Gibbon also claims that Scottish writing was about 20-30 years behind the times, A J Cronin, for example, dragging realism into Scottish letters long after it had appeared in English or foreign writing. That in the 21st century it is English writers -€“ as opposed to Scots or Irish we must suppose – who are now backward was noted in the last paragraph of this review in the Guardian on 4/1/13.

Dumbarton 3-1 Hamilton Academical

SFL Div 1, The Rock, 26/1/13.

This is incredible. We’re off the bottom of the table and not even in the relegation play-off spot! Whether we’re now getting the rub of the green where we weren’t earlier in the season I don’t know. I’ll take it, though.

The players cannot now lack confidence in moving towards the end of the season.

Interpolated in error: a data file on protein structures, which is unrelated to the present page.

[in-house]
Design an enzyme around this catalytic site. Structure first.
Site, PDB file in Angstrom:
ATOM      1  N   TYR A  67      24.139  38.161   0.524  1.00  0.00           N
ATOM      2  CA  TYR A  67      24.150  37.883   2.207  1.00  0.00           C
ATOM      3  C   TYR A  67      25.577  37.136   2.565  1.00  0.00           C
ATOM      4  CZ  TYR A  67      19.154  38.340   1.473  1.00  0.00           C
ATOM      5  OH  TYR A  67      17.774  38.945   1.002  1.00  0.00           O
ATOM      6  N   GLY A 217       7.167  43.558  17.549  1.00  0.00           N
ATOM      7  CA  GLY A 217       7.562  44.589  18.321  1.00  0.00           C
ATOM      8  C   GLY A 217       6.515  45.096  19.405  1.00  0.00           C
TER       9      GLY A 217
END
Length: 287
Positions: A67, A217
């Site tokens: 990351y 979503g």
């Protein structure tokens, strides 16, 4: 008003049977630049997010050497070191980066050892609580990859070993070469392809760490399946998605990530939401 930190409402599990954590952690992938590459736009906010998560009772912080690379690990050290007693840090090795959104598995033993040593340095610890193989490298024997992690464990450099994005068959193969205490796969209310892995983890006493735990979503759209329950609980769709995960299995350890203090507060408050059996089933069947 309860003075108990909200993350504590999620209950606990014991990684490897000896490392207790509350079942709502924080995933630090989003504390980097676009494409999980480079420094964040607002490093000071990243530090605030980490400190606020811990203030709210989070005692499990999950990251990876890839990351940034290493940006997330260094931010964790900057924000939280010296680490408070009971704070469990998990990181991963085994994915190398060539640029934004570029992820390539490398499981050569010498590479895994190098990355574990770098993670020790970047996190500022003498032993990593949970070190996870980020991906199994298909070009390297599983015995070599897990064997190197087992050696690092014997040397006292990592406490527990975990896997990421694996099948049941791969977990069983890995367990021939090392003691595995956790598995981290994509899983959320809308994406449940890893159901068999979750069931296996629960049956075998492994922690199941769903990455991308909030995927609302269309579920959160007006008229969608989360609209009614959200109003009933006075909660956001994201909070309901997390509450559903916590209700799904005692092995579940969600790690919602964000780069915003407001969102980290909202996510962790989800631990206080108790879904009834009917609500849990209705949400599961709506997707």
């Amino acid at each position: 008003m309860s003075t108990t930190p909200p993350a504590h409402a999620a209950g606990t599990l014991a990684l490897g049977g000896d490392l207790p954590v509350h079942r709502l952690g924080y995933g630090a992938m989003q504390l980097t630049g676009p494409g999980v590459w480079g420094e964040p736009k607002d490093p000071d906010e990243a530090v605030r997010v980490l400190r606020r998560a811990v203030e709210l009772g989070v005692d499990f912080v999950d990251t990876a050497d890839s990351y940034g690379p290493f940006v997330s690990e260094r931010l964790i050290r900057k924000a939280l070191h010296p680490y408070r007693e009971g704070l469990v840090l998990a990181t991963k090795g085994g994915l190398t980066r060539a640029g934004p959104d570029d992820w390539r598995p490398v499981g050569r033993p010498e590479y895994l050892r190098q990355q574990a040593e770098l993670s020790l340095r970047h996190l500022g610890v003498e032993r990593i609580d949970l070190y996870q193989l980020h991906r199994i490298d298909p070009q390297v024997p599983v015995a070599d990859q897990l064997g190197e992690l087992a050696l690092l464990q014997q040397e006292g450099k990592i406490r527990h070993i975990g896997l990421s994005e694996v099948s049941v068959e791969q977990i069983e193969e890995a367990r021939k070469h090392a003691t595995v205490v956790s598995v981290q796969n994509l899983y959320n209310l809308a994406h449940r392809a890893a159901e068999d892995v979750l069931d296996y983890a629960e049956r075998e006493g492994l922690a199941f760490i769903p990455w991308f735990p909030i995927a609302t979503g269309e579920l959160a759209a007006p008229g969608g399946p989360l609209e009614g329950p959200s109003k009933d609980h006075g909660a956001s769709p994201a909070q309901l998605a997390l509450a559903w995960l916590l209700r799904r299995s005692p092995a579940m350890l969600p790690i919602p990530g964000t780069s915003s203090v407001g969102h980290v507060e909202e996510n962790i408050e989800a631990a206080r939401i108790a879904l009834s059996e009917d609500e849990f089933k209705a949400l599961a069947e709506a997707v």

Plus Hamilton were/are our bogey team. I can’t remember the last time we beat them.

Ian Murray must be in the running for the dreaded Manager of the Month. We can only hope they give it to someone else. Also that the board has got him on a long term contract (just in case another club comes calling for him.)

This run has coincided with me not being able to get to games.

I’m almost afraid to turn up for one now.

One caveat. This Division is notorious for teams having good or bad streaks of form. Others could do what we just have.

Irn Bru

The title to yesterday’s post was, of course, an allusion to an advertising slogan used by Barr’s, the Scottish soft drink manufacturers, to promote Irn Bru, which outsells Coca-Cola in Scotland. Barr’s use of their Scottishness is astute. I have posted their High School Musical parody before.